Photo courtesy of San Juan Safaris, credit Mark Gardner
1. Eat sustainable seafood
Our Southern Resident whales exclusively eat salmon, and decreased Chinook salmon populations (due to farmed fish, dams and more) have left whales starving. According to Oceans Initiative, research shows that “it will take 30 percent more big, fatty, Chinook salmon than we’ve seen on average over the last 40 years for the [orca] population to reach recovery goals.”
2. Reduce your use of plastic
Use reusable grocery bags, food storage bags, mesh produce bags (for shopping) and more. Invest in reusable water bottles for the whole family. While you’re at it, stop buying beauty products (including exfoliating cleansers and even toothpastes) that contain microplastics.
3. Switch to natural cleaners
Toxic ingredients in laundry detergent and household cleaners can affect an orca’s hormone function and reproductive health. What's worse, an orca mother can even pass these toxins to her calf. Natural cleaning products like baking soda and vinegar are a cheaper and more environmentally friendly alternative.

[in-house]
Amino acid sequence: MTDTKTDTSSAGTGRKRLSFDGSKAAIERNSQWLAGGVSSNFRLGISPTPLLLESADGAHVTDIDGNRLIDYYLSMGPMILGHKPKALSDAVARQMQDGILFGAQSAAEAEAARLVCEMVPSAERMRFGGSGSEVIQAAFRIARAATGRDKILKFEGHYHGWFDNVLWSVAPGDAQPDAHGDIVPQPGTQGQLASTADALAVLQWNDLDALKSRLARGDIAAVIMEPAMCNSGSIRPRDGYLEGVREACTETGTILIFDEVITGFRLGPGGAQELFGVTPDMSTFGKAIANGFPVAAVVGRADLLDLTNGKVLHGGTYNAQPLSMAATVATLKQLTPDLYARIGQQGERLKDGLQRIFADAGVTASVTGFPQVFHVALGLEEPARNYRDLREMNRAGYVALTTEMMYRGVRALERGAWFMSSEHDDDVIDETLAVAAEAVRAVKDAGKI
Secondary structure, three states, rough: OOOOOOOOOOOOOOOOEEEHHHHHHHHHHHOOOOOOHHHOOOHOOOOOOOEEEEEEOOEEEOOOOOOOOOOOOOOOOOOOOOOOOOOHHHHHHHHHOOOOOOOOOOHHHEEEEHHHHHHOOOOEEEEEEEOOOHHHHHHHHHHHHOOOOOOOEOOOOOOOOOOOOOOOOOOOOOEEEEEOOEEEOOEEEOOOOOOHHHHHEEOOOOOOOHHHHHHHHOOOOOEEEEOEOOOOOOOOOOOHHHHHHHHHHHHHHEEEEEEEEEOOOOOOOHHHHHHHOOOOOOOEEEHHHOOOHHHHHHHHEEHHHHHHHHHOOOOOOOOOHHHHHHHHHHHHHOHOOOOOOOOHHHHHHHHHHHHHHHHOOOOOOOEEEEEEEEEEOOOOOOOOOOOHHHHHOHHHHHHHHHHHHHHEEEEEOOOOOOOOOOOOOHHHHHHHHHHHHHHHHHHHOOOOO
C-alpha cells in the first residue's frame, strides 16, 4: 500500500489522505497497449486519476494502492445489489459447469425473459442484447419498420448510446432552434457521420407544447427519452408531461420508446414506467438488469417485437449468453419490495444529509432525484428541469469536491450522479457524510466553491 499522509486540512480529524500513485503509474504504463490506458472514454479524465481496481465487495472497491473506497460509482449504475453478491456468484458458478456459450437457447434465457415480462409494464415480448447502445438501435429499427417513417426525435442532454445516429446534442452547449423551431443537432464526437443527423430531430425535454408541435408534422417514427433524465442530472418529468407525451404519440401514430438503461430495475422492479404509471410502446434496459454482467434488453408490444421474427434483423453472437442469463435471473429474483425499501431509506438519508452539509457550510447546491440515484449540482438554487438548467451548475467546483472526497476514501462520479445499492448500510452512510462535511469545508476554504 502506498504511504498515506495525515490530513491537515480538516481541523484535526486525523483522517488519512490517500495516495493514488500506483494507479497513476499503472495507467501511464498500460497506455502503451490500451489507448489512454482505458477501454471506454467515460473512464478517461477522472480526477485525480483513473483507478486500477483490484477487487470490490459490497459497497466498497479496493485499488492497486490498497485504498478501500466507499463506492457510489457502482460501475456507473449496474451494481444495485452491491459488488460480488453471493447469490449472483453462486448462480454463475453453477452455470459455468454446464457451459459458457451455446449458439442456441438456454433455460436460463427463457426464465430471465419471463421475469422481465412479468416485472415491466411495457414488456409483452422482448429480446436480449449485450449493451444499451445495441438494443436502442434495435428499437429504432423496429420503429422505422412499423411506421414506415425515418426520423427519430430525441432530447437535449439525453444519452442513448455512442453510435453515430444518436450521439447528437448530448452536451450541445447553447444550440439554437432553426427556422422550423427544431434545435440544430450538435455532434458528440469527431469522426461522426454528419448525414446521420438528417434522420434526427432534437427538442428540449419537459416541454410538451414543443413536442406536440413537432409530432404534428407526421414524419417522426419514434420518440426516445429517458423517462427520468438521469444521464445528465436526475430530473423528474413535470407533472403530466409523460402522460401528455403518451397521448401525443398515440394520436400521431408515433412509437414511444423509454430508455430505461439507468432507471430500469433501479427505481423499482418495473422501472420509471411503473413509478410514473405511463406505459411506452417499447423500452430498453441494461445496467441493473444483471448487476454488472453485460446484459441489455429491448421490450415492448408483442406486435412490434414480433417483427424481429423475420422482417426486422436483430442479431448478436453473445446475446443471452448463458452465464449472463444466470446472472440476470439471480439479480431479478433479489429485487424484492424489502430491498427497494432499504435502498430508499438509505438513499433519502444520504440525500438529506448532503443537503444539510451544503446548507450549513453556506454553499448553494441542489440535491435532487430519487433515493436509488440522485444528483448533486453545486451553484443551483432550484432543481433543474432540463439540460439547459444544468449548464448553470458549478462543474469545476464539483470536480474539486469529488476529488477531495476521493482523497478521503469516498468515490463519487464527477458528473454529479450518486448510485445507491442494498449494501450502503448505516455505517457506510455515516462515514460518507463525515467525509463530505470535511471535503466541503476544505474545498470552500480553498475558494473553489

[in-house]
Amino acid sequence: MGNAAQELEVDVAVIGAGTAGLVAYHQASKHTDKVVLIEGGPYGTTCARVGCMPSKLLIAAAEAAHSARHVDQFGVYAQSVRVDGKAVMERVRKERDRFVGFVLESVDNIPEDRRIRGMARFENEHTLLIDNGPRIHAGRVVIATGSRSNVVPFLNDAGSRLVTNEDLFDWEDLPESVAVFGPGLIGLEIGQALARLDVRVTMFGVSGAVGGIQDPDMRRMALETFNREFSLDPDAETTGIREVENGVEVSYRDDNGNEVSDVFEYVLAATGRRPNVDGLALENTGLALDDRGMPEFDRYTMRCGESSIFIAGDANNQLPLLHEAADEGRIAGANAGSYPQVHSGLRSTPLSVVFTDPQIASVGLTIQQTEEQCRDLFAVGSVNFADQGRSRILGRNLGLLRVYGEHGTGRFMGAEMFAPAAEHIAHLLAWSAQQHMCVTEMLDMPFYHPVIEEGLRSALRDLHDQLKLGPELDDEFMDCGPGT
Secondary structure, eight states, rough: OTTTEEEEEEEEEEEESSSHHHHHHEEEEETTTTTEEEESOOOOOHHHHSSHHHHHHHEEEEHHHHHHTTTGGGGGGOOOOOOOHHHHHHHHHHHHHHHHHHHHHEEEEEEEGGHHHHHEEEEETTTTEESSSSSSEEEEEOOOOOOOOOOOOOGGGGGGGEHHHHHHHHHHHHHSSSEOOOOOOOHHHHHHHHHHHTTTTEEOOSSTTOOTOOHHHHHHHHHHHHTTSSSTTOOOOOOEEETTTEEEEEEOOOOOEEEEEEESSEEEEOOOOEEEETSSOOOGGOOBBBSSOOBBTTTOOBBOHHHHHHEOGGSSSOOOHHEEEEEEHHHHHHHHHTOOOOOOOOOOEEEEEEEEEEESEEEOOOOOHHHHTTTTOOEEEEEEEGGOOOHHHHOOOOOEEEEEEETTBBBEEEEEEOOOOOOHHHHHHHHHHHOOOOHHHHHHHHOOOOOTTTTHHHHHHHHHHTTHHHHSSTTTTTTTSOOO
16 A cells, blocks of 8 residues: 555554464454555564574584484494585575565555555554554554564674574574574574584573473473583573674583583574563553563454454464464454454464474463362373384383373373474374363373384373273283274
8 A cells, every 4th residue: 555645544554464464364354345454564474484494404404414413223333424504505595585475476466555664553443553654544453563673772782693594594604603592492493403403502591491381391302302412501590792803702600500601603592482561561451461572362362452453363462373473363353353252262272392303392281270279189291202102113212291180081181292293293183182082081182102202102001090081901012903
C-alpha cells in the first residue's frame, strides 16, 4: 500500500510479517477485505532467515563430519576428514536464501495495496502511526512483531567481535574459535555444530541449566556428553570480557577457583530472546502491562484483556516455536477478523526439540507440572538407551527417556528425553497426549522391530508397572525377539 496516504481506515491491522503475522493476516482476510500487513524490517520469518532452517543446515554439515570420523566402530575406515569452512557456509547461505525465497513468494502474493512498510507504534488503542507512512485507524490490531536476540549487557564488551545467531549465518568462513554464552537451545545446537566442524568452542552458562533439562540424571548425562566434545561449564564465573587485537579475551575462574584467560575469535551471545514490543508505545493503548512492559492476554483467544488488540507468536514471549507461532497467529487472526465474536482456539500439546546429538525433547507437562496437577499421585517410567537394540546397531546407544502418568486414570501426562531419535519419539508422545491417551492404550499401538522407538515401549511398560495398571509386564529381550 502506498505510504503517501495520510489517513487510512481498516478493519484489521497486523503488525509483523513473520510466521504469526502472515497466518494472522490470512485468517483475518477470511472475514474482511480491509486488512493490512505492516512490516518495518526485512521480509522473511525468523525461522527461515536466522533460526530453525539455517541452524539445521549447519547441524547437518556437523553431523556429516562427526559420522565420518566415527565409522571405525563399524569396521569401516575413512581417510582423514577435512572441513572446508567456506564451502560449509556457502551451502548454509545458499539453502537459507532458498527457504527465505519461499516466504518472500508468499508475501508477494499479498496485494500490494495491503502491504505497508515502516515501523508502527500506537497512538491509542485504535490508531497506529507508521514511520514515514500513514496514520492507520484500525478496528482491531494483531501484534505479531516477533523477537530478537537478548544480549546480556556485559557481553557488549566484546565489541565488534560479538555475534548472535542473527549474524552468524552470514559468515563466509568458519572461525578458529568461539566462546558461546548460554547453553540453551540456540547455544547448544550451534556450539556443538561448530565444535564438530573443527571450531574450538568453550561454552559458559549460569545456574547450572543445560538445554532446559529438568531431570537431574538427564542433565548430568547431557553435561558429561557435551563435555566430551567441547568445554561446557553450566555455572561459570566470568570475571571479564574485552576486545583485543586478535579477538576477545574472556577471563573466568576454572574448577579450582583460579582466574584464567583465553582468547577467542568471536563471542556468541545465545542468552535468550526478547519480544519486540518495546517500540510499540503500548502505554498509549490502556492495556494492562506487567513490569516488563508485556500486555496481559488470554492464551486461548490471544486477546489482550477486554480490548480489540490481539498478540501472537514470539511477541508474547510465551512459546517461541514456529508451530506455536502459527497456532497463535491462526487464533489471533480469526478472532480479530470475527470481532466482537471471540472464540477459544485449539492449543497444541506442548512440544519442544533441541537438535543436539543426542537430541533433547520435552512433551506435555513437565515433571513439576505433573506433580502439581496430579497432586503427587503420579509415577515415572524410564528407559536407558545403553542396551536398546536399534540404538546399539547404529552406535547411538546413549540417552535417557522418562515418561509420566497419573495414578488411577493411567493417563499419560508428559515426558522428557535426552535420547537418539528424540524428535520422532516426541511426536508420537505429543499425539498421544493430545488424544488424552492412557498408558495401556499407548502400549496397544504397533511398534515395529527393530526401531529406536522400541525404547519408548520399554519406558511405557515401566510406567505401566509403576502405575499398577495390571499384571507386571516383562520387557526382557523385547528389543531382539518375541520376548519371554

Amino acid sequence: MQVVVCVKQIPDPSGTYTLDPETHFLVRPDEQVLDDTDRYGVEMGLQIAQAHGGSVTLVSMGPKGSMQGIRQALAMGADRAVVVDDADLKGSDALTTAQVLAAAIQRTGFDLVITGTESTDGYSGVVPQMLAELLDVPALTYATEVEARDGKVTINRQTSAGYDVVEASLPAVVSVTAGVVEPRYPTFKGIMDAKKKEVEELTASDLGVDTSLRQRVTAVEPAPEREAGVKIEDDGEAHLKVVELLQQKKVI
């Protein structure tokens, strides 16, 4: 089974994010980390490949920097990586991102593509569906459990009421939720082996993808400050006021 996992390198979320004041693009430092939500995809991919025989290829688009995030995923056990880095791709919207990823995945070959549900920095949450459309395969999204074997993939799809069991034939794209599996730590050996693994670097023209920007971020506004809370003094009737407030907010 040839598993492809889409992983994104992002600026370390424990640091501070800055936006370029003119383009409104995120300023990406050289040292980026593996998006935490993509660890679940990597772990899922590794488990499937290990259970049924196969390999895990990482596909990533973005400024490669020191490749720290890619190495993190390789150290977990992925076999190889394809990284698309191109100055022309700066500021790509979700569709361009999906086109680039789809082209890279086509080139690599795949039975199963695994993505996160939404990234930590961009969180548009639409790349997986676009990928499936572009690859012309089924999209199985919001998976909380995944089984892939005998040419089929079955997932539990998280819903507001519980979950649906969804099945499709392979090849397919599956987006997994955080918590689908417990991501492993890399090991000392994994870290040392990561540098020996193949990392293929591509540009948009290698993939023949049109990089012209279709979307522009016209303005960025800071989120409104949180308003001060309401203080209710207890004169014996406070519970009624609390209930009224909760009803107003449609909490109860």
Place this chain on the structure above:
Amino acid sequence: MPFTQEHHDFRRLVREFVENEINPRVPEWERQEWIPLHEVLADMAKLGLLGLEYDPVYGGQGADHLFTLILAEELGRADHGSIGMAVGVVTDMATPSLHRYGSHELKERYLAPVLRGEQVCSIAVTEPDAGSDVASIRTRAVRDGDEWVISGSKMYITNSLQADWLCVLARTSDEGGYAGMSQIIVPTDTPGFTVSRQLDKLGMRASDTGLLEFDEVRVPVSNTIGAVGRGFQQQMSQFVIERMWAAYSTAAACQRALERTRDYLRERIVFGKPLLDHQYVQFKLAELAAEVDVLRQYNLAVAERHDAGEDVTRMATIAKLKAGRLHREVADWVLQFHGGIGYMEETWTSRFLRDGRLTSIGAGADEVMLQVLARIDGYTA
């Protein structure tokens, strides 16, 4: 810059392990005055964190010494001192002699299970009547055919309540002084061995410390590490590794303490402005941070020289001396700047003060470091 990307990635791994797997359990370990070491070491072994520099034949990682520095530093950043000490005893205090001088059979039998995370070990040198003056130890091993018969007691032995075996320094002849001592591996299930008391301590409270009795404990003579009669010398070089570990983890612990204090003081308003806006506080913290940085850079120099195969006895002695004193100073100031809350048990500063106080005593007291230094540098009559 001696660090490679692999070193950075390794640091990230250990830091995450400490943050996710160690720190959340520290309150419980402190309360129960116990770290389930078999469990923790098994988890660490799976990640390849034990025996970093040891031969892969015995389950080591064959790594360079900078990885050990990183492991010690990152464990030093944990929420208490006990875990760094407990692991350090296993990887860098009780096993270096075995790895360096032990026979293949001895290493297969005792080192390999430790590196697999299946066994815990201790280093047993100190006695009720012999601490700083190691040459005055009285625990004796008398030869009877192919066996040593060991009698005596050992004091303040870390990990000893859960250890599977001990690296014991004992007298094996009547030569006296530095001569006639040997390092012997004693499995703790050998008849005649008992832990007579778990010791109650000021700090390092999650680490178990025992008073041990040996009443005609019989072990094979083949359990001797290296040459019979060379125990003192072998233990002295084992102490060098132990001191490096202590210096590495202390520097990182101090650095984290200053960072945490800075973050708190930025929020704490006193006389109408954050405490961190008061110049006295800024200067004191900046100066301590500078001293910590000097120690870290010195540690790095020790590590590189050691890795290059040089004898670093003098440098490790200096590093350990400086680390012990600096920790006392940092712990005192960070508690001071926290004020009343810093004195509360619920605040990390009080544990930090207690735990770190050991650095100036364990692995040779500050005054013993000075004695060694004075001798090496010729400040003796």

4. Develop an appreciation for the Puget Sound and beyond
Take the kids on a naturalist-led tide pool trip. Explore our beaches. Go sightseeing. Skip SeaWorld.
5. Only whale watch with responsible tour companies
There are federally mandated laws and viewing guidelines for whale watching companies to ensure orcas are not harmed, disturbed, or otherwise negatively affected by your presence. Before booking a trip, ask about the company’s commitment to these guidelines and local conservation.
6. Take political action
Call your representatives and express your support for the partial removal of harmful dams and the importance of river restoration. Vote against new pipelines and the increased presence of oil tankers — all of which have lasting negative affects on orcas and other whales.